News Article Details

Judge denies Ellison's petition to keep divorce file sealed and redact 'sensitive' information

Star Tribune - 10/17/2018

Oct. 17--Kim Ellison said Tuesday that she has been the one pushing to keep records of her divorce with U.S. Rep. Keith Ellison private, while the Minnesota Court of Appeals denied the Ellisons' last-minute attempt to block the release of some information in the file.

Their divorce file is expected to be unsealed Wednesday, following a District Court order issued last week by a Hennepin County Family Court referee. The Ellisons had petitioned the state Court of Appeals on Monday to delay that order and keep their divorce file sealed until they are given a chance to redact "confidential information" from the documents it contains.

But Judge Renee Worke determined Tuesday they did not meet the requirements necessary to hold off on making the file public.

Kim Ellison convened a news conference Tuesday to tell reporters the divorce file contains information about her medical and mental health after she was diagnosed with multiple sclerosis and struggled with depression.

Her ex-husband, who is the Democratic candidate for attorney general, is not the one who wants to keep the documents private, she said.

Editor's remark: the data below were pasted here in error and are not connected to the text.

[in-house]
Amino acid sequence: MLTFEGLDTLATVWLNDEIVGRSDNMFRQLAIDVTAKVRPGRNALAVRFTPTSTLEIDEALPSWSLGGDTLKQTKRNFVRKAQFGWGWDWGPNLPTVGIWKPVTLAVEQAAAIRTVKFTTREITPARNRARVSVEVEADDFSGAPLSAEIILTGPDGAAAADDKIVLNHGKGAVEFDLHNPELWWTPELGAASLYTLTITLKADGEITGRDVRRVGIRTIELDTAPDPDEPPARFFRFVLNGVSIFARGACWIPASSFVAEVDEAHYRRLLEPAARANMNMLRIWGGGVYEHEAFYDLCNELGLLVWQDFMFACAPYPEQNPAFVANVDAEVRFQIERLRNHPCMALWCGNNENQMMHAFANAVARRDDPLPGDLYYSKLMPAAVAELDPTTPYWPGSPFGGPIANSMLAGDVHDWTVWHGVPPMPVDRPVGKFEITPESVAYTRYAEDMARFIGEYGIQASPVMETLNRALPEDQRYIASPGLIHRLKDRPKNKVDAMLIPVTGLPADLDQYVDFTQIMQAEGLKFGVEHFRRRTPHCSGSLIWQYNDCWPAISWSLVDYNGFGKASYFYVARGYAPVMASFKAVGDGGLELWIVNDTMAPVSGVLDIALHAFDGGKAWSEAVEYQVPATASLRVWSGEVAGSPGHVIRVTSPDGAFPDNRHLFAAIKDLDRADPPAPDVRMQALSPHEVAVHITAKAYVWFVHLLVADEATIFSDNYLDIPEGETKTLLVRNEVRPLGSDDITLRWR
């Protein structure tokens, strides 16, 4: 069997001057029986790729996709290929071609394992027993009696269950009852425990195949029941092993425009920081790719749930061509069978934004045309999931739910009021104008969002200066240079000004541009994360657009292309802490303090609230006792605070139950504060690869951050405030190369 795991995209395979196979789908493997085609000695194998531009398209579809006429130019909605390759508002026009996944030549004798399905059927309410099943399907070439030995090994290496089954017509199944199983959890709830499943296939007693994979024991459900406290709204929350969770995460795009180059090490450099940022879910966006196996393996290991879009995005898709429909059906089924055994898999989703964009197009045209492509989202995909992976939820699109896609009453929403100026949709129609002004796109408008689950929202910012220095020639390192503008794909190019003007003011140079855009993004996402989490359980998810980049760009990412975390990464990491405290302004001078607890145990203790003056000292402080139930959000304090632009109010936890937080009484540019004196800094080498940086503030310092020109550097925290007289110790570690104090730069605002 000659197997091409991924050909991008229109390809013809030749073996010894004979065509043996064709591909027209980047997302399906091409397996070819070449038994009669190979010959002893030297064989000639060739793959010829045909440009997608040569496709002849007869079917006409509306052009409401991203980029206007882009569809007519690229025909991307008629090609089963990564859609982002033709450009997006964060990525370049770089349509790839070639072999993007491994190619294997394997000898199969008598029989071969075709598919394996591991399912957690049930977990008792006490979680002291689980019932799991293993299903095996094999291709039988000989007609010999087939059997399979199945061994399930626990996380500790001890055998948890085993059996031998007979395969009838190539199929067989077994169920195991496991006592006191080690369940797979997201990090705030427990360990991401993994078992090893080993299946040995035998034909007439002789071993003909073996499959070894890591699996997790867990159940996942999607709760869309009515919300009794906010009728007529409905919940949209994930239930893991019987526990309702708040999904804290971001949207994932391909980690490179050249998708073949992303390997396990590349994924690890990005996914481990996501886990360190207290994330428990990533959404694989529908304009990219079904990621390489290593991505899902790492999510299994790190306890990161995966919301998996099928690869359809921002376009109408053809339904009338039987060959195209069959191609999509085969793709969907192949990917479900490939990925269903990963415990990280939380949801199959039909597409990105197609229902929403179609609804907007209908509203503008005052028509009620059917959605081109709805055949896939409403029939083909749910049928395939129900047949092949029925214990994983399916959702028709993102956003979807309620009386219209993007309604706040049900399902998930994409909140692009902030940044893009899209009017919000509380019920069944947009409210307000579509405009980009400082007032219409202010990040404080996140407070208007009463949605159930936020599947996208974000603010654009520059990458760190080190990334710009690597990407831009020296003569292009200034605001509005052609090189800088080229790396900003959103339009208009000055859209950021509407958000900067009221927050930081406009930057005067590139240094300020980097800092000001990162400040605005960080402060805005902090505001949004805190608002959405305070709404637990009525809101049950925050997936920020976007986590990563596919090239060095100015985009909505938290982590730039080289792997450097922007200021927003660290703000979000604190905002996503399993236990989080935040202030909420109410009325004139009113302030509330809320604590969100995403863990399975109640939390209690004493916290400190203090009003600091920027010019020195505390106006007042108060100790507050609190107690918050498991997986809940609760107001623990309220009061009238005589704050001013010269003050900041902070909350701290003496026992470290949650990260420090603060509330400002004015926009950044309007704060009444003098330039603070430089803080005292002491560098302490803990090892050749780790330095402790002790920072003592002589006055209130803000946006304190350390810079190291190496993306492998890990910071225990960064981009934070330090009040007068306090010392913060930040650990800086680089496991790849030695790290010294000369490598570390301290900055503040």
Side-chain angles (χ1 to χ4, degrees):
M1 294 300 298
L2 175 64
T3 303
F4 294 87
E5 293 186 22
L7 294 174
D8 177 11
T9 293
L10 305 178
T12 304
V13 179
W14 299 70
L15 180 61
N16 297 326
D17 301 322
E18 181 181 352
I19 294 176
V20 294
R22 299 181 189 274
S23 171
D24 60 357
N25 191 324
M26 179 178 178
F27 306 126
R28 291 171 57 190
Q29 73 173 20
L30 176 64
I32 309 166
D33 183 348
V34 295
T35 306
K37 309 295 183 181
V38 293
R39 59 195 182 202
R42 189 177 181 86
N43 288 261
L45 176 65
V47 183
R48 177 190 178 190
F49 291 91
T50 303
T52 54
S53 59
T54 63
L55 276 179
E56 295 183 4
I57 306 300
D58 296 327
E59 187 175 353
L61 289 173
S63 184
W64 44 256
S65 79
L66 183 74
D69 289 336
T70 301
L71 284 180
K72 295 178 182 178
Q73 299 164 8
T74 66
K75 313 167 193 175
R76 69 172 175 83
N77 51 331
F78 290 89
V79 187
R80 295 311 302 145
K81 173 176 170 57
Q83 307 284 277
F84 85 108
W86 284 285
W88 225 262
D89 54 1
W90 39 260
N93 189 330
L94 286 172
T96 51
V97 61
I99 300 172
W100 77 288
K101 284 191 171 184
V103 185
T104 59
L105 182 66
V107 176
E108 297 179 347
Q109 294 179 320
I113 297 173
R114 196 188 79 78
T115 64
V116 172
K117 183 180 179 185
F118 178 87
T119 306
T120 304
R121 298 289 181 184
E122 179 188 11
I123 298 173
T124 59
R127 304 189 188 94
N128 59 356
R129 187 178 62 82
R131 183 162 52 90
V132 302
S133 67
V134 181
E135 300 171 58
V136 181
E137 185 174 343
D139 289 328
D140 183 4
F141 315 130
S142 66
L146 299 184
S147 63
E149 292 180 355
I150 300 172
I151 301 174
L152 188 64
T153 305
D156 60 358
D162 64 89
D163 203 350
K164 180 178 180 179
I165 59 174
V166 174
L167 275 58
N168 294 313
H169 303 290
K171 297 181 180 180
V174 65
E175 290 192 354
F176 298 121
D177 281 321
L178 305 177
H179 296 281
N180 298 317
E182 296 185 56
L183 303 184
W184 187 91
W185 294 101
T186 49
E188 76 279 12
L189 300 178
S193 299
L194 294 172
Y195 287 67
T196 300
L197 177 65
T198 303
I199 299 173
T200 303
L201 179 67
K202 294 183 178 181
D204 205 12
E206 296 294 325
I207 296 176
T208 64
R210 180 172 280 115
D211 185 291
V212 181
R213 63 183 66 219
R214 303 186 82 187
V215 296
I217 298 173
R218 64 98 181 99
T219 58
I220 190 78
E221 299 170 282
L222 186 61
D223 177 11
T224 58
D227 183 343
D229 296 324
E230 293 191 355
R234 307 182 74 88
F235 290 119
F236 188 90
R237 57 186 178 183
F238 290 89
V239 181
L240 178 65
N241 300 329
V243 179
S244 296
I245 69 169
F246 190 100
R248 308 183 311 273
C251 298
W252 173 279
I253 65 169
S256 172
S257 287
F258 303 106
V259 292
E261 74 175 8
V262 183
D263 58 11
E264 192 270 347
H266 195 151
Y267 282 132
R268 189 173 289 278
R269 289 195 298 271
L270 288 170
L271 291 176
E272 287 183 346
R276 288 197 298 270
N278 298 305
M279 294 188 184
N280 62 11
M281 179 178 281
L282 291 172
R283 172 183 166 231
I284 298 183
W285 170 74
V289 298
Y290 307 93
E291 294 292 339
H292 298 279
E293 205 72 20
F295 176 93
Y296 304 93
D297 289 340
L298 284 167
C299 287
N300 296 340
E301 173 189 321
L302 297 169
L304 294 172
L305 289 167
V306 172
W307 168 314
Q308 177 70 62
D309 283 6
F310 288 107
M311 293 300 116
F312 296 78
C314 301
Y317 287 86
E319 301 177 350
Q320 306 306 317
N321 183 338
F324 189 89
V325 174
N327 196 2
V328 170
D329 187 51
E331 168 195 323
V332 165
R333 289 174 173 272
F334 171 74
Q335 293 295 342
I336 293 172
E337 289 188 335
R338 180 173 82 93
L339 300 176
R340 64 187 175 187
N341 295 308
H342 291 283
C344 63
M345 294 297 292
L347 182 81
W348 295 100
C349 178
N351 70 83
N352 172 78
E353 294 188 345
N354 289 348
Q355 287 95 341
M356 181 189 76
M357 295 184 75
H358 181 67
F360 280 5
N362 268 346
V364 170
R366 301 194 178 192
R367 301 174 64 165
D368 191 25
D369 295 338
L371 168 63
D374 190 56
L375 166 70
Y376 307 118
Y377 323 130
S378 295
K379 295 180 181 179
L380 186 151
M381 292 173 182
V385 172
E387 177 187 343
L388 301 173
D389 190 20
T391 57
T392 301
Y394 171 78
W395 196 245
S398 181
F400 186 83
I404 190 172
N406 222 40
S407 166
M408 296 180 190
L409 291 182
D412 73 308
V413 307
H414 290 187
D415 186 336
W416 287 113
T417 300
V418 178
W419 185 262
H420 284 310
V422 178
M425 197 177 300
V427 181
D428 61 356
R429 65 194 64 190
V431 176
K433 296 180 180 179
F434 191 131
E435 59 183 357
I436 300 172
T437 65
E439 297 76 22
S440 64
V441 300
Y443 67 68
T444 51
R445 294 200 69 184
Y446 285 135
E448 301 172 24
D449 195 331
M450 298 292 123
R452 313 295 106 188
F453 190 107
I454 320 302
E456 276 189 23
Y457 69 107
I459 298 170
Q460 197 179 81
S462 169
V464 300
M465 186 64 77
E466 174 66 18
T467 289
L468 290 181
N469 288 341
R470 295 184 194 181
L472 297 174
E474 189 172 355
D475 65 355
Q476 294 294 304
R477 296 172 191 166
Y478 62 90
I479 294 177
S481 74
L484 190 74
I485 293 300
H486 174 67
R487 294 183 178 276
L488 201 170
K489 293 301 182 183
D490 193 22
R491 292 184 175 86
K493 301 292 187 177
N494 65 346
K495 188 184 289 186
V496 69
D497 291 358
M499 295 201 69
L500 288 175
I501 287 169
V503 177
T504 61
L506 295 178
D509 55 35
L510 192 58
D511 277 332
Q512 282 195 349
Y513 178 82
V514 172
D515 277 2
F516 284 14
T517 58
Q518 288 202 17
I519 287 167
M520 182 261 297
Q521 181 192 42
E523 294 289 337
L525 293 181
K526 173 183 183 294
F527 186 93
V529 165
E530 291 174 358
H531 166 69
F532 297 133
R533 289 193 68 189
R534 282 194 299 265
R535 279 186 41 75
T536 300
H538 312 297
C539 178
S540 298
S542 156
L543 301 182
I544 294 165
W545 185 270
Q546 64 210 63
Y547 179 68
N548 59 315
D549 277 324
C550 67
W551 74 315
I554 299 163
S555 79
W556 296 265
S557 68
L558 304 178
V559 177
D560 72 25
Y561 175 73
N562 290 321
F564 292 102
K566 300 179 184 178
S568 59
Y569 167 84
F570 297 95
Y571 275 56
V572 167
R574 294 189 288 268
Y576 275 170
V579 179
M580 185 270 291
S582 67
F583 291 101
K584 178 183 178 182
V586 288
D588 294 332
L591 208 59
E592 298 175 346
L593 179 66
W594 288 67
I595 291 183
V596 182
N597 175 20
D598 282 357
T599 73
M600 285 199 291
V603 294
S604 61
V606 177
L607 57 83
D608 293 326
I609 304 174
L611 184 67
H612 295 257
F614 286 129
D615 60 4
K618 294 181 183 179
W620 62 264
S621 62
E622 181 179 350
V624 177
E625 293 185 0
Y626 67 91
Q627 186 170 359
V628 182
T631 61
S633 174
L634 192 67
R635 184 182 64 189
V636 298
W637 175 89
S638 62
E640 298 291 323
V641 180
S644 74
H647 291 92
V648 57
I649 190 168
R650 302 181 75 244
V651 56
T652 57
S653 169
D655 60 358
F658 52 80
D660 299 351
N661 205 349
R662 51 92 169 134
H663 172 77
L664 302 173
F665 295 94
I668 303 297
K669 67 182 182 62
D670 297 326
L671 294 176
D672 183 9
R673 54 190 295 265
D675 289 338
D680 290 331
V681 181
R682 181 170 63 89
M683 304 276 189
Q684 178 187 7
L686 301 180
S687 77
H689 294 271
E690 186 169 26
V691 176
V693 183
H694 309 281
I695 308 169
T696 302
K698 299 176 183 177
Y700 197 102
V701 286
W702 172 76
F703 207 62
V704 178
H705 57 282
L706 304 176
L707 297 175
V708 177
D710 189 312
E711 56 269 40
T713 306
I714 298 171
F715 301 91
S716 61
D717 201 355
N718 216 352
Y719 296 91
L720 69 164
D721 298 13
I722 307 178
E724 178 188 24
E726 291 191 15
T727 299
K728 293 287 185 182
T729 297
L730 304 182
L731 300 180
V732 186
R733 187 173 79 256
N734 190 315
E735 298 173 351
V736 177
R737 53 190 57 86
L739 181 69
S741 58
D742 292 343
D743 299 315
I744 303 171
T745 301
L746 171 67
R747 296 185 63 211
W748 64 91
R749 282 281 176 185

The Star Tribune and Alpha News, a right-leaning news website, pushed to unseal the divorce file following a domestic abuse allegation from Ellison's ex-girlfriend, Karen Monahan. She said he tried to drag her off a bed during an argument in 2016. He denies the allegation and an investigation, commissioned by the DFL Party, could not substantiate the claim.

"There was never any abuse of any kind in our relationship. So what Alpha News and the Star Tribune are looking for does not exist," Kim Ellison said.

Divorce files are typically public, but courts will usually agree to seal them if both parties agree on it.

The Ellisons argued in their petition that they have not had a chance to protect "sensitive medical and financial information" before it becomes public. Moreover, they said, the referee is on vacation and unable to address their request to protect certain documents.

"If the Court of Appeals does not issue an immediate stay or writ of prohibition, Mr. and Ms. Ellison will be without a remedy to protect sensitive medical and financial information," the petition says.

A writ of prohibition is an extraordinary remedy used when a court is acting outside its authority or in an unauthorized manner, which the Ellisons did not demonstrate, the Star Tribune's response to the petition states.

In the response filed Tuesday, the newspaper argued the contents of the divorce file are of significant public interest and the court should not delay its unsealing.

"In any event, their concerns are over-wrought," the response states, as a court administrator has been tasked with reviewing the file and withholding certain information that is protected from disclosure, such as financial source documents.

Kim Ellison, who is also a public official serving on the Minneapolis school board, said she is not sure whether that would go far enough to protect her privacy.

"I know that public service requires sacrifice ... But there must be decency involved, there must be limits," she said.

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(c)2018 the Star Tribune (Minneapolis)

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